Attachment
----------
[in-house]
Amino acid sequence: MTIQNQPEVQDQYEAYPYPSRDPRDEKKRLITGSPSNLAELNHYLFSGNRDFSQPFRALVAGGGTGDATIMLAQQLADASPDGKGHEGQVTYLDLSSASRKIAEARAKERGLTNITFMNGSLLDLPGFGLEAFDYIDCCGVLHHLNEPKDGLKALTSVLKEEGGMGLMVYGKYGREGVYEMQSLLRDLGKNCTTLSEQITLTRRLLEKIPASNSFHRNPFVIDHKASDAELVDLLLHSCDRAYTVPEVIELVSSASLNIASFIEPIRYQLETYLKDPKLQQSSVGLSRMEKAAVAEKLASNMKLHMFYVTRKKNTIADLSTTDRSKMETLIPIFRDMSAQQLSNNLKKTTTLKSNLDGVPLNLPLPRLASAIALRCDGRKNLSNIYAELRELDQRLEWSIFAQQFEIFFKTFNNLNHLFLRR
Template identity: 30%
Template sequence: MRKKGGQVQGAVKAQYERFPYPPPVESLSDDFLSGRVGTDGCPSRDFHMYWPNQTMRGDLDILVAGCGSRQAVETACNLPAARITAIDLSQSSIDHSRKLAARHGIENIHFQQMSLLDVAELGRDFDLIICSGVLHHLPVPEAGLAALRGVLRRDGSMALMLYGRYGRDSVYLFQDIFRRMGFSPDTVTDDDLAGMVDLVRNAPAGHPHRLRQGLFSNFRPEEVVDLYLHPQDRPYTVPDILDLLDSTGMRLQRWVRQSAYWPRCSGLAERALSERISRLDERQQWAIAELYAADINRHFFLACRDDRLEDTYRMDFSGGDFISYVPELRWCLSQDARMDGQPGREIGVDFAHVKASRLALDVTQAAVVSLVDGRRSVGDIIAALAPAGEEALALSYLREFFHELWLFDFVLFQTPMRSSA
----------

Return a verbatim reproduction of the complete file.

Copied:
[in-house]
Amino acid sequence: MTIQNQPEVQDQYEAYPYPSRDPRDEKKRLITGSPSNLAELNHYLFSGNRDFSQPFRALVAGGGTGDATIMLAQQLADASPDGKGHEGQVTYLDLSSASRKIAEARAKERGLTNITFMNGSLLDLPGFGLEAFDYIDCCGVLHHLNEPKDGLKALTSVLKEEGGMGLMVYGKYGREGVYEMQSLLRDLGKNCTTLSEQITLTRRLLEKIPASNSFHRNPFVIDHKASDAELVDLLLHSCDRAYTVPEVIELVSSASLNIASFIEPIRYQLETYLKDPKLQQSSVGLSRMEKAAVAEKLASNMKLHMFYVTRKKNTIADLSTTDRSKMETLIPIFRDMSAQQLSNNLKKTTTLKSNLDGVPLNLPLPRLASAIALRCDGRKNLSNIYAELRELDQRLEWSIFAQQFEIFFKTFNNLNHLFLRR
Template identity: 30%
Template sequence: MRKKGGQVQGAVKAQYERFPYPPPVESLSDDFLSGRVGTDGCPSRDFHMYWPNQTMRGDLDILVAGCGSRQAVETACNLPAARITAIDLSQSSIDHSRKLAARHGIENIHFQQMSLLDVAELGRDFDLIICSGVLHHLPVPEAGLAALRGVLRRDGSMALMLYGRYGRDSVYLFQDIFRRMGFSPDTVTDDDLAGMVDLVRNAPAGHPHRLRQGLFSNFRPEEVVDLYLHPQDRPYTVPDILDLLDSTGMRLQRWVRQSAYWPRCSGLAERALSERISRLDERQQWAIAELYAADINRHFFLACRDDRLEDTYRMDFSGGDFISYVPELRWCLSQDARMDGQPGREIGVDFAHVKASRLALDVTQAAVVSLVDGRRSVGDIIAALAPAGEEALALSYLREFFHELWLFDFVLFQTPMRSSA